When Does A Paycheck Become Late?

You count on your paycheck to cover your living expenses. When you take a job, they tell you a set pay date, and so you count on getting your earnings that day. If you are not paid in a timely manner, then it can put your family in a financial bind.

There are laws in place to protect workers, and some of those laws deal with pay rates and pay periods.

You need to understand your rights and know about the resources available to you in such scenarios. You have the right to receive your pay in a timely manner.

When Does A Paycheck Become Late?

Every employer has a day that they pay their workers. It may be a weekly check, bi-weekly or twice per month, or a monthly paycheck. Each state establishes its own laws regarding when paychecks must be issued.

'As an example, in Massachusetts employees must be paid within six days of the conclusion of the workweek. If you do not believe you have been paid in a timely manner, you should research the laws with your state.

An employment law attorney could help you determine if laws have been violated or if you have been the victim of a crime.

If the employer is late giving you your paycheck, then you may be entitled to receive additional compensation as well as your earnings.

Different states have different laws regarding your rights and the penalties that an employer could face for failing to issue pay in a timely manner that adheres to the state and federal employment laws.

What To Do If Your Paycheck Is Late

If it is time for you to get paid and you do not get your paycheck or you only receive a partial paycheck, you should act promptly to recoup your losses. You should familiarize yourself with your employer’s policy regarding pay periods.

Make sure you receive your paycheck on the set dates. If you do not receive your pay, or if you do not receive all of your pay, you should check with your company’s payroll department to make sure there was not an error like a typo or an accidental omission.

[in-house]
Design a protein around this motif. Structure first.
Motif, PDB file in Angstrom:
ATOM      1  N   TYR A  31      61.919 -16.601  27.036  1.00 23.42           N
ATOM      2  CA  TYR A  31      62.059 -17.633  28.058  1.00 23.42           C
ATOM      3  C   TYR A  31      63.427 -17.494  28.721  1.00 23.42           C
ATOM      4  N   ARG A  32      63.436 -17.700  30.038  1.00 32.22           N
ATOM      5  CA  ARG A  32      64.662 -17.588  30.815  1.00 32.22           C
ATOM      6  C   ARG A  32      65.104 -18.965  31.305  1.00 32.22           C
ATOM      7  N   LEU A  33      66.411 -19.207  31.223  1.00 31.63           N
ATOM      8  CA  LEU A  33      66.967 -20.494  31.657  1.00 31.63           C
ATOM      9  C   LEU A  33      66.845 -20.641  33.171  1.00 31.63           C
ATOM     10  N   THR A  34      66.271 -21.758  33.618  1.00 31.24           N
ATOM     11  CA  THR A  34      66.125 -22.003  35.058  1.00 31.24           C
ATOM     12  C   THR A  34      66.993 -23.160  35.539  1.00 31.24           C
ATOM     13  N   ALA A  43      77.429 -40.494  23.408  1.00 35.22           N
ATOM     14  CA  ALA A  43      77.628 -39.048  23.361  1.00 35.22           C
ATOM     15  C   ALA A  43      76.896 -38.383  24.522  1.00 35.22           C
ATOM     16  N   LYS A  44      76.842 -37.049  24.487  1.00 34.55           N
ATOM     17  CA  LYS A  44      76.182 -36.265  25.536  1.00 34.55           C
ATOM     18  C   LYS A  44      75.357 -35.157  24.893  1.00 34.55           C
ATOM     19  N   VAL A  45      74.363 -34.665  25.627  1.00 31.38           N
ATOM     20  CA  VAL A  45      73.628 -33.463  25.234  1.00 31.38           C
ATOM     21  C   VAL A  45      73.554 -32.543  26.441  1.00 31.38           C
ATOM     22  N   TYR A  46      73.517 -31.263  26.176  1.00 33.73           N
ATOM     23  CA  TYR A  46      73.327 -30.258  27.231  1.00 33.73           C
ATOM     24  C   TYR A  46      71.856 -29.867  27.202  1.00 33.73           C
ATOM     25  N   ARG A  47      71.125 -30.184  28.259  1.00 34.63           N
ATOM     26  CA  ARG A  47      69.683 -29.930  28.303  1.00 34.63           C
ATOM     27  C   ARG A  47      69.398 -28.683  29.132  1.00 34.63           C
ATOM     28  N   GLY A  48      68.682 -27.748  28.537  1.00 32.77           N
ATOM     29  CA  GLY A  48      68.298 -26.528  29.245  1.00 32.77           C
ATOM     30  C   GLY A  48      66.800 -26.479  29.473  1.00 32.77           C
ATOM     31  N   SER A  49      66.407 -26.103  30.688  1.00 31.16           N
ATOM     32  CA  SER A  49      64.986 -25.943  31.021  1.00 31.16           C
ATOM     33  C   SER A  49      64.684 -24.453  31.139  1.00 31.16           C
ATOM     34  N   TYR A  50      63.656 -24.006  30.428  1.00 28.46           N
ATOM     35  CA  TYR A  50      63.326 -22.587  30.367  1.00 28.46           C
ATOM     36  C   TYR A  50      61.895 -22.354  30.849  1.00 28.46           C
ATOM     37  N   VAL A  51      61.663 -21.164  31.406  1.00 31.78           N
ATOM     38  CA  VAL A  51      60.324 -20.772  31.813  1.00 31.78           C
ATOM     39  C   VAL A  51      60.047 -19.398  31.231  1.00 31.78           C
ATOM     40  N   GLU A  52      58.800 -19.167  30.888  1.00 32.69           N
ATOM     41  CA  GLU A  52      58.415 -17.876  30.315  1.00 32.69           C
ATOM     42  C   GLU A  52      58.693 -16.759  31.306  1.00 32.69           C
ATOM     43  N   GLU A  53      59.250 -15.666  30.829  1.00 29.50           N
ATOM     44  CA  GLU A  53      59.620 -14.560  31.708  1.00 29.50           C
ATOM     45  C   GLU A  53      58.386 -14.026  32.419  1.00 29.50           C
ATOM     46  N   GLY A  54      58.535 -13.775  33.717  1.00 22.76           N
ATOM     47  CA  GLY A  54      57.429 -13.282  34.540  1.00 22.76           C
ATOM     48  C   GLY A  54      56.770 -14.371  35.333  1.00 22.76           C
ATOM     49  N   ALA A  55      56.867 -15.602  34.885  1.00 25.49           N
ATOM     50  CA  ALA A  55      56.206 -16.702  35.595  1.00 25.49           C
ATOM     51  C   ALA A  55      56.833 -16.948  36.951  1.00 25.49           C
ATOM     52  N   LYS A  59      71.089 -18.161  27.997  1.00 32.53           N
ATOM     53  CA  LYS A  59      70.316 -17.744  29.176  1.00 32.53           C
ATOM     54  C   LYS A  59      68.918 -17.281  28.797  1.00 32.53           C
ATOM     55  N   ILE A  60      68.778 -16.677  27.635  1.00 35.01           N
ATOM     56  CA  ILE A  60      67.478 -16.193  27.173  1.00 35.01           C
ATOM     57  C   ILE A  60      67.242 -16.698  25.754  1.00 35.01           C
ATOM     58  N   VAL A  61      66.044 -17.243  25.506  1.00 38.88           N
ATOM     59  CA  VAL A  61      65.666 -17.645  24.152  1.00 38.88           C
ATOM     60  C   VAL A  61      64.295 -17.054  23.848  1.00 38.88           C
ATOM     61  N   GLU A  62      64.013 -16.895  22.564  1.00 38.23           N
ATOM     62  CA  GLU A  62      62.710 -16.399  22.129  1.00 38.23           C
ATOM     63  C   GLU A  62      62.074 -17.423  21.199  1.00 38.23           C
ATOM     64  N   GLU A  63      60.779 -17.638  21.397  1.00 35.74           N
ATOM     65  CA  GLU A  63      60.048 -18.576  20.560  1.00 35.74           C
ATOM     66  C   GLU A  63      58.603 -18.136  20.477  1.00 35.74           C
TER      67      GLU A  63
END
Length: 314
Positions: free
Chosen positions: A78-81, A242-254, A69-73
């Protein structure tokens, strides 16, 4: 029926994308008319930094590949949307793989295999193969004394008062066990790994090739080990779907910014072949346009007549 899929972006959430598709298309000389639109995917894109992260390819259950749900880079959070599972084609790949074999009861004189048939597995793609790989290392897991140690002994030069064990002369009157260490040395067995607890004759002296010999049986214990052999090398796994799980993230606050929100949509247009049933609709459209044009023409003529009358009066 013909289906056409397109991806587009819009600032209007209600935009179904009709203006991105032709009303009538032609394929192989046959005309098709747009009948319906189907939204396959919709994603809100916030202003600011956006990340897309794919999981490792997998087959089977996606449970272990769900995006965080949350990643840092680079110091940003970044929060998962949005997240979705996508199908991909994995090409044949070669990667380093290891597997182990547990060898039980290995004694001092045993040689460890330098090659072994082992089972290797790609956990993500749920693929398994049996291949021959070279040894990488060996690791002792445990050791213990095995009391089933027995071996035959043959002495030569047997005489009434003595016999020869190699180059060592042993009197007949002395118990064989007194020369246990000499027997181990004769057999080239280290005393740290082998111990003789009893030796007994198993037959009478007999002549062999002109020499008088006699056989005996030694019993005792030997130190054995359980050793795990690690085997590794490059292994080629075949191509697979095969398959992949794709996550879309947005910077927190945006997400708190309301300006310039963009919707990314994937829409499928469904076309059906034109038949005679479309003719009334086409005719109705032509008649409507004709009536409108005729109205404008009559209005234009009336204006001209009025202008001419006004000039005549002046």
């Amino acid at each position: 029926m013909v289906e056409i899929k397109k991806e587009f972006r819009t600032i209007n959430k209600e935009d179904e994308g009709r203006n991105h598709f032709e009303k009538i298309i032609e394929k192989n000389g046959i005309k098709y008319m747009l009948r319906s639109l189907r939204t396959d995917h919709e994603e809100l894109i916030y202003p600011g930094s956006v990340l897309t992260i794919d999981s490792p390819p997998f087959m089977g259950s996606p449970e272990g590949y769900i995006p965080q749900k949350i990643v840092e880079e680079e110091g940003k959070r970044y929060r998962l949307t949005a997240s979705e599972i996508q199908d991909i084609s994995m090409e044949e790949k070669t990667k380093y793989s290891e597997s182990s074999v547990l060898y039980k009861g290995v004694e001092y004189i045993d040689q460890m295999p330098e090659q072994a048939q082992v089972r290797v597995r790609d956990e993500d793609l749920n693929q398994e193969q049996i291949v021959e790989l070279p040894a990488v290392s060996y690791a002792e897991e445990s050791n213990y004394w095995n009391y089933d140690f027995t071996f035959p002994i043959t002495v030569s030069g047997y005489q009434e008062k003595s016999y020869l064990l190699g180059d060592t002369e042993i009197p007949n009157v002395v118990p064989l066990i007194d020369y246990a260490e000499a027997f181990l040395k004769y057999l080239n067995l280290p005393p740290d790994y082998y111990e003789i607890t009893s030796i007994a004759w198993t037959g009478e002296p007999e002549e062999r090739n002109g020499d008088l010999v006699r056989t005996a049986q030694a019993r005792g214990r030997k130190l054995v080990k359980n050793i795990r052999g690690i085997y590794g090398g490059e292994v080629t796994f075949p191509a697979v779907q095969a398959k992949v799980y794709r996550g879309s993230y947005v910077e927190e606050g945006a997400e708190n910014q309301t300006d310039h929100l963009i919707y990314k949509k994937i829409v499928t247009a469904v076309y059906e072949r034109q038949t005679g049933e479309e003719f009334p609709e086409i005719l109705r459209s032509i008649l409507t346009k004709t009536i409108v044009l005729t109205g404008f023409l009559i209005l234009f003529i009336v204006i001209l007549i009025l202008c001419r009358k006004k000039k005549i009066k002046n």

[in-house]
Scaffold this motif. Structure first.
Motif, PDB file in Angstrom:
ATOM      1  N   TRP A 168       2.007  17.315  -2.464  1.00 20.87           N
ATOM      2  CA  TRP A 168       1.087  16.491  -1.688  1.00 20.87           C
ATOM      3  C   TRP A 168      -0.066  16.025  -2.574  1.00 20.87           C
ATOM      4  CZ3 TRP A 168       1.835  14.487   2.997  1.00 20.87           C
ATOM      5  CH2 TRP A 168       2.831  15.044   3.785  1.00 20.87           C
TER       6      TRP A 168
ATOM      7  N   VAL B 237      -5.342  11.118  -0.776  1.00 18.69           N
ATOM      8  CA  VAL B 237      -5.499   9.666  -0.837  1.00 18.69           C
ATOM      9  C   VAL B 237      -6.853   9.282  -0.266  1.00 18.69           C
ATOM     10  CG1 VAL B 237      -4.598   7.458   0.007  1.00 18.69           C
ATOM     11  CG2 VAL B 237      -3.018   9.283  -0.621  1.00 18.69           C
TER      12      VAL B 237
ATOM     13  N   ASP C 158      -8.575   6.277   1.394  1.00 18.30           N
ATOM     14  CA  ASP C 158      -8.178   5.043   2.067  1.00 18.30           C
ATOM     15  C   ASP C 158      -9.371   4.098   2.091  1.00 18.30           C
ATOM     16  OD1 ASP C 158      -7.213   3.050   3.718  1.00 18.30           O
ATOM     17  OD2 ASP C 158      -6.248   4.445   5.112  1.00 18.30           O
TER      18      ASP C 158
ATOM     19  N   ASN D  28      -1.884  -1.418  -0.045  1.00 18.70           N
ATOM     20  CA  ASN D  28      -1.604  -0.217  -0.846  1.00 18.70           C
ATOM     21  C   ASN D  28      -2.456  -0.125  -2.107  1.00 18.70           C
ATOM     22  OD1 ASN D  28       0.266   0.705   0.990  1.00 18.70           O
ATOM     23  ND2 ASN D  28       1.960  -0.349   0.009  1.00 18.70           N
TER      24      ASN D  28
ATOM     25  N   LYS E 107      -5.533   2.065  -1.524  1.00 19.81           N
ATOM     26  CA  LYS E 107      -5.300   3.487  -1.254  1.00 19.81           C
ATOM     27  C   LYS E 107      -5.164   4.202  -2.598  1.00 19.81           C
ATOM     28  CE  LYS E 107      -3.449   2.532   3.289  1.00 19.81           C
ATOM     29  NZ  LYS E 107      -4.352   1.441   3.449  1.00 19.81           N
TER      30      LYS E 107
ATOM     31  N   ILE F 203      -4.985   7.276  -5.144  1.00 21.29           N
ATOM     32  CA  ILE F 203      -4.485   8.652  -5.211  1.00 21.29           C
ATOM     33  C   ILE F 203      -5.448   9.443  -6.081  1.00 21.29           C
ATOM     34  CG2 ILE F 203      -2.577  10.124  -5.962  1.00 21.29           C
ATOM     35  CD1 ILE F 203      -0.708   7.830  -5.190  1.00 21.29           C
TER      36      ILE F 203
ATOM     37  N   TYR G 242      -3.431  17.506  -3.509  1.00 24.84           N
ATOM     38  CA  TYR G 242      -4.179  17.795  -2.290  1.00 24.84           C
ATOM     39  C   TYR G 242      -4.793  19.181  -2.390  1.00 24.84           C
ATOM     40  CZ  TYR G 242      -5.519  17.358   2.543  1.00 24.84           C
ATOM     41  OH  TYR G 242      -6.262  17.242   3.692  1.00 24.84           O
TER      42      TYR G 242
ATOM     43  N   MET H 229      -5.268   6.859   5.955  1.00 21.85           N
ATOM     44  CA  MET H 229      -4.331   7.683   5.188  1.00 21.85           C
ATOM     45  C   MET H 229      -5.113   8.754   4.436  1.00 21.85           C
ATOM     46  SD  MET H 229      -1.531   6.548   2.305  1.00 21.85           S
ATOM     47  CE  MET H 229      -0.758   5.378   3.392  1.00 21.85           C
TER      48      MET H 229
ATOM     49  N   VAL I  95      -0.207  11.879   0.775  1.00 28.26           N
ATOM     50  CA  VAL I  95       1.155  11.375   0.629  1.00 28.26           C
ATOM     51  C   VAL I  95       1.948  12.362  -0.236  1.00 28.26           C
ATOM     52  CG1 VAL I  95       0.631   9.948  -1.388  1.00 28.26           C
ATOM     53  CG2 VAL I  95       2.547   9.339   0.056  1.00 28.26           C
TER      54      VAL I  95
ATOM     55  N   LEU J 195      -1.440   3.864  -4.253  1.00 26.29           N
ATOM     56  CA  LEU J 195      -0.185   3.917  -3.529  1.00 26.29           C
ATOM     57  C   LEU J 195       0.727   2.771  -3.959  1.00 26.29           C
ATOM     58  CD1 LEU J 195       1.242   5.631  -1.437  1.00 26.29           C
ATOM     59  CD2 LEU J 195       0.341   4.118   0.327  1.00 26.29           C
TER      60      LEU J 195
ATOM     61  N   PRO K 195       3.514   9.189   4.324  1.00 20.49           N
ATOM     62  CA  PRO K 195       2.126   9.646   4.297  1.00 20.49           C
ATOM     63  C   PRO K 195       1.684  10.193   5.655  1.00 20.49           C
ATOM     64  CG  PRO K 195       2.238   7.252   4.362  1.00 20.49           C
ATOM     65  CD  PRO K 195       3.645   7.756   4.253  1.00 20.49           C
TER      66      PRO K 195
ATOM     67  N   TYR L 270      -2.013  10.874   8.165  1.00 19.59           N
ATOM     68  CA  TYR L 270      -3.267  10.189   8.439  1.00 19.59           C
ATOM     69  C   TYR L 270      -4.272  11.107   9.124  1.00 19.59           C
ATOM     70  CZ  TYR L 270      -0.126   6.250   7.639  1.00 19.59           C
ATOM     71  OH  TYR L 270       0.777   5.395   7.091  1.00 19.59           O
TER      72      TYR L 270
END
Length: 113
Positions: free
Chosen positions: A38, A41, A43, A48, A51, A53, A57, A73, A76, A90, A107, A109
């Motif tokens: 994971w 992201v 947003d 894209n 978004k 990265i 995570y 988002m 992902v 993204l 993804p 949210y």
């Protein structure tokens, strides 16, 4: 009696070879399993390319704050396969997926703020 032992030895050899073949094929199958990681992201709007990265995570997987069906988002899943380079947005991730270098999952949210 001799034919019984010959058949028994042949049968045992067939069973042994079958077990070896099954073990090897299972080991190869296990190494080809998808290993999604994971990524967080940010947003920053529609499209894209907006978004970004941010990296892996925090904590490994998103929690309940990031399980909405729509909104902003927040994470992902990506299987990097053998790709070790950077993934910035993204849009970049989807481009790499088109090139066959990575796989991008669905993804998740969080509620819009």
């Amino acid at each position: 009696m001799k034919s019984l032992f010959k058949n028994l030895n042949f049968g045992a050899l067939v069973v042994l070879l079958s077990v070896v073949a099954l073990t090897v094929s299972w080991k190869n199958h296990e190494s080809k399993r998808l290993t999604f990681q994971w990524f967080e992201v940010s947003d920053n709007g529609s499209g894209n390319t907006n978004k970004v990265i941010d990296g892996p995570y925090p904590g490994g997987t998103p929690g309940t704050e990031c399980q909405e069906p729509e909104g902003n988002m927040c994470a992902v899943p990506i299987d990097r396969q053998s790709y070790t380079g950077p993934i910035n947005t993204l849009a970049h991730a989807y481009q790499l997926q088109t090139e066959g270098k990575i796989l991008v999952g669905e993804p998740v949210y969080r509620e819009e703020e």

Gather Supporting Evidence

You should know when the pay period ends, and you should know when you regularly receive pay. You should keep your paystubs and other documentation to establish a pattern that shows when you are regularly paid and when you should expect your paychecks.

If you do not receive your check on the regular day, you should immediately notify your employer and make an inquiry into the situation.

You should always maintain documentation to support your claim should a situation like this arise, but as soon as you realize you have not receive your pay on time, you should immediately start building a file and get your supporting evidence in order to send copies of the details along with your letter that indicates you are owed money and that you should have already been paid.

Throughout the claims process you should hold on to the original documentation and only supply copies to your employer and to any other agency that becomes involved in the claims process.

Remember that having evidence is essential to the success of your claim against your employer. Not paying you on time is a form of wage theft. You depend on your paycheck and you should receive it in a timely manner.

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